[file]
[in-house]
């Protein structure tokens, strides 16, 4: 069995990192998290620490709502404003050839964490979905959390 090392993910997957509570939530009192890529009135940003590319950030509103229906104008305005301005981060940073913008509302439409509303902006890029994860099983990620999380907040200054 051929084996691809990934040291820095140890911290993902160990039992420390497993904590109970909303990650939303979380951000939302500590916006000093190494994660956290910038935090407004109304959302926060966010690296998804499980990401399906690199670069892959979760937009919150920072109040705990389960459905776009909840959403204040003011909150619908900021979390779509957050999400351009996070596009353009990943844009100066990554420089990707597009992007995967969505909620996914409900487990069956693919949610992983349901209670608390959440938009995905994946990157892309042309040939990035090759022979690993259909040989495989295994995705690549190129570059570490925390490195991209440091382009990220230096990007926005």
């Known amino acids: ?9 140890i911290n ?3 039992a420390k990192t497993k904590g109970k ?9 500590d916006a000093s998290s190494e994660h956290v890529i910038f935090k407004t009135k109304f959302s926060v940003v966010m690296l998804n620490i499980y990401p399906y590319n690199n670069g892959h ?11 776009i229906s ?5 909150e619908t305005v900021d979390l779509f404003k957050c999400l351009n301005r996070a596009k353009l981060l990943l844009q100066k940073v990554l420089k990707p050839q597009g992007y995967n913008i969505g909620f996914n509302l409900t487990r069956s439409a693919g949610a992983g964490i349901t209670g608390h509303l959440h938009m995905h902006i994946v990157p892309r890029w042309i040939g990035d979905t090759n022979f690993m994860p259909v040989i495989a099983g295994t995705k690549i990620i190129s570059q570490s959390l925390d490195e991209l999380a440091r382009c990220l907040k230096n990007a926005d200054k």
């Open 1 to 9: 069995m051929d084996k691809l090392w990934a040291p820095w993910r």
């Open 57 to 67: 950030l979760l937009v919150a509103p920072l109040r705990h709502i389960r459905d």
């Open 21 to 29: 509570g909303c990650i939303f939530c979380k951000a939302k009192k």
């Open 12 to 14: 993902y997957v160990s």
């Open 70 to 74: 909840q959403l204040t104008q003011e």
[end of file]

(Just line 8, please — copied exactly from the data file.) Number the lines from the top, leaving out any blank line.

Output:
């Open 70 to 74: 909840q959403l204040t104008q003011e």